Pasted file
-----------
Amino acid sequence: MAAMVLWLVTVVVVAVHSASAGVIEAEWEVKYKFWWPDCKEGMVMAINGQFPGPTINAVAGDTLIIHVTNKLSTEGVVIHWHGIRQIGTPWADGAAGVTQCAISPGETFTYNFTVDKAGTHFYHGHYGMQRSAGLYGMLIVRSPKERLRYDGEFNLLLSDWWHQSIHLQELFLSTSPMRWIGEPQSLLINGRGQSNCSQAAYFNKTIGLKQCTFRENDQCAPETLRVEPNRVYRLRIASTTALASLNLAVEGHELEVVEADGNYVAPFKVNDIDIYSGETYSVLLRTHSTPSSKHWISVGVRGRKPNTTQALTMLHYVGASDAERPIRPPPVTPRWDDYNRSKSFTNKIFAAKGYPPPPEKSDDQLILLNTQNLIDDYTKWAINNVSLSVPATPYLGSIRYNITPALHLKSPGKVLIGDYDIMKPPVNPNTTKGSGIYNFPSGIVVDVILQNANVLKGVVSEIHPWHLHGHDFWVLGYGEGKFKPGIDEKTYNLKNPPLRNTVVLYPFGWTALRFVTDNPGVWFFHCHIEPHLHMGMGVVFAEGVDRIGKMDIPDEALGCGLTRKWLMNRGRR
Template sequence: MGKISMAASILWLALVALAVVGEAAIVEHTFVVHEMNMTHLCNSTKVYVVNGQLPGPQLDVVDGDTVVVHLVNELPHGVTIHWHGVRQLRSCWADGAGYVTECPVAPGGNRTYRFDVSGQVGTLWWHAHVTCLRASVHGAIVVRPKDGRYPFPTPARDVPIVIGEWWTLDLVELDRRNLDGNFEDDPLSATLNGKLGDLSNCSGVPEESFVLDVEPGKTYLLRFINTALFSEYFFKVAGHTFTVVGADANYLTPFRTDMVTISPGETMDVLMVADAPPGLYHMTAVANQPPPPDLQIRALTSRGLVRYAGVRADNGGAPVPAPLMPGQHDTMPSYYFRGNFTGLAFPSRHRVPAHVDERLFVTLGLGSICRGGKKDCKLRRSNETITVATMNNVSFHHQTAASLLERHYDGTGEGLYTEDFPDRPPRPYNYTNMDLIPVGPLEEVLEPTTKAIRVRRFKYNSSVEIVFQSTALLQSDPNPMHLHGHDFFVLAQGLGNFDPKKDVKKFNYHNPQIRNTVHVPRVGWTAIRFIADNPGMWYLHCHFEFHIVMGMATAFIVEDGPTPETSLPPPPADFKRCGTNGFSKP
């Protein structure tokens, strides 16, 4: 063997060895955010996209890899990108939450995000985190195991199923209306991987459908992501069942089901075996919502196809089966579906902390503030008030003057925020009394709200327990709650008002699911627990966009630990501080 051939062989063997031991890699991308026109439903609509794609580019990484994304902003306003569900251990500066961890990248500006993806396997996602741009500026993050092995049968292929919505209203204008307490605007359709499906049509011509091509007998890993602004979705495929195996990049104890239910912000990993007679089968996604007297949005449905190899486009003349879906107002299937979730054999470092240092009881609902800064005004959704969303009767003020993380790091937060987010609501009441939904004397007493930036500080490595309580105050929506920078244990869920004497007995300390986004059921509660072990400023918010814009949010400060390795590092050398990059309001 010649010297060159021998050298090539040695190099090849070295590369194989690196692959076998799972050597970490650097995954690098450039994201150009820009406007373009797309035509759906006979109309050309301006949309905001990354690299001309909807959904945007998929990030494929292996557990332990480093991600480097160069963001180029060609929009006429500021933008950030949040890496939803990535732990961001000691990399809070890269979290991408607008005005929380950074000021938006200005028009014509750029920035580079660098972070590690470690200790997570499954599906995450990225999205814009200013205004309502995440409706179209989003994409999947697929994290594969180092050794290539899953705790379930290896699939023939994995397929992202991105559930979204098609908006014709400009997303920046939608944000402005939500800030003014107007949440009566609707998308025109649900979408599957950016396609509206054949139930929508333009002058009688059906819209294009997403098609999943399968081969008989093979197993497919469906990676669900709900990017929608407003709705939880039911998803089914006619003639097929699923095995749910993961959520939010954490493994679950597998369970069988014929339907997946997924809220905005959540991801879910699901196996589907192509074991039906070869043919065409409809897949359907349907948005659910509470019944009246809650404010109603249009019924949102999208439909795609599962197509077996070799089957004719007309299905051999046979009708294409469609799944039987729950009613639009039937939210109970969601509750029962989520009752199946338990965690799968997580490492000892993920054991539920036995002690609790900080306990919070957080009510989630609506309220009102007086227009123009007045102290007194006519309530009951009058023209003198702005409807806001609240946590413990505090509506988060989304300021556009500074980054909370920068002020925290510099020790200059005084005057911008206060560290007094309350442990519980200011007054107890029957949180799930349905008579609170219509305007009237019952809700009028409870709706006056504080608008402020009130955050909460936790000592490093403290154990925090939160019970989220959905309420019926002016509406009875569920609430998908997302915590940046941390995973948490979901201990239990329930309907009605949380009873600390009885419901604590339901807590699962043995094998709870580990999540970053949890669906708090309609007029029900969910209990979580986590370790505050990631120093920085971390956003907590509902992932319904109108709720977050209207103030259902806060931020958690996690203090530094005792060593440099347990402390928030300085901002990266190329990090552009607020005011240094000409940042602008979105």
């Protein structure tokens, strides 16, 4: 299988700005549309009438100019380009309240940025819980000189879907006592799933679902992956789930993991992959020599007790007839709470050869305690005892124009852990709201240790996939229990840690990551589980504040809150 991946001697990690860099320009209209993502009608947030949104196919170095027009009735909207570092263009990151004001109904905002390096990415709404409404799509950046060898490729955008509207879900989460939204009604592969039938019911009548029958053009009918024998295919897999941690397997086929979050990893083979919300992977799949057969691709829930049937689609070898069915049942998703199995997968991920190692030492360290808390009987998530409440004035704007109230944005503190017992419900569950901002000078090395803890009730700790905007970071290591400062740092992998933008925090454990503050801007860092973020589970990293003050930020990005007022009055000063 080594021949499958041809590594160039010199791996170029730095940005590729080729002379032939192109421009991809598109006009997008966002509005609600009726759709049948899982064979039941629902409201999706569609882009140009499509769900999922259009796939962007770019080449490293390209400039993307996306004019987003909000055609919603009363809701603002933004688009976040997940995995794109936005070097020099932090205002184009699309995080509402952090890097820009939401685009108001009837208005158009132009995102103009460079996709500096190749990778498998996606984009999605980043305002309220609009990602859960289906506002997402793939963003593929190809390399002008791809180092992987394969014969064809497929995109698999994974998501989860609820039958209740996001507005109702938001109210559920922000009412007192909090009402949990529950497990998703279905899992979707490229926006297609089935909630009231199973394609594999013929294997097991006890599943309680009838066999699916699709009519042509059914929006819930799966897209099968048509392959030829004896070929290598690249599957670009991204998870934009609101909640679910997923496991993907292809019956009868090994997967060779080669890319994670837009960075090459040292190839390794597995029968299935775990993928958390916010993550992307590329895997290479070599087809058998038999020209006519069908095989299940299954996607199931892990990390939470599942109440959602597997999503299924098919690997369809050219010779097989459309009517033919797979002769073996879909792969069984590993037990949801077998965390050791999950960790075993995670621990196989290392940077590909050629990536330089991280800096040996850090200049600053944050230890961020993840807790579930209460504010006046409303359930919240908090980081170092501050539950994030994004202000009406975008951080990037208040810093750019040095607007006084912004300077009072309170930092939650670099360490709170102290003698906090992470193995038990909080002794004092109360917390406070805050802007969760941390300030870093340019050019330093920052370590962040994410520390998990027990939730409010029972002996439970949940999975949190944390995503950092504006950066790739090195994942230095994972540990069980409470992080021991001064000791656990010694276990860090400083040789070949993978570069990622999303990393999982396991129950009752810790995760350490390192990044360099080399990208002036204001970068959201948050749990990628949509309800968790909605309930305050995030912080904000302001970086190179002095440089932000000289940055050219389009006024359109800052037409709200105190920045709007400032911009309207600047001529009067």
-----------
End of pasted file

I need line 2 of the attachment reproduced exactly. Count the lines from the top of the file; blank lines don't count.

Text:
Template sequence: MGKISMAASILWLALVALAVVGEAAIVEHTFVVHEMNMTHLCNSTKVYVVNGQLPGPQLDVVDGDTVVVHLVNELPHGVTIHWHGVRQLRSCWADGAGYVTECPVAPGGNRTYRFDVSGQVGTLWWHAHVTCLRASVHGAIVVRPKDGRYPFPTPARDVPIVIGEWWTLDLVELDRRNLDGNFEDDPLSATLNGKLGDLSNCSGVPEESFVLDVEPGKTYLLRFINTALFSEYFFKVAGHTFTVVGADANYLTPFRTDMVTISPGETMDVLMVADAPPGLYHMTAVANQPPPPDLQIRALTSRGLVRYAGVRADNGGAPVPAPLMPGQHDTMPSYYFRGNFTGLAFPSRHRVPAHVDERLFVTLGLGSICRGGKKDCKLRRSNETITVATMNNVSFHHQTAASLLERHYDGTGEGLYTEDFPDRPPRPYNYTNMDLIPVGPLEEVLEPTTKAIRVRRFKYNSSVEIVFQSTALLQSDPNPMHLHGHDFFVLAQGLGNFDPKKDVKKFNYHNPQIRNTVHVPRVGWTAIRFIADNPGMWYLHCHFEFHIVMGMATAFIVEDGPTPETSLPPPPADFKRCGTNGFSKP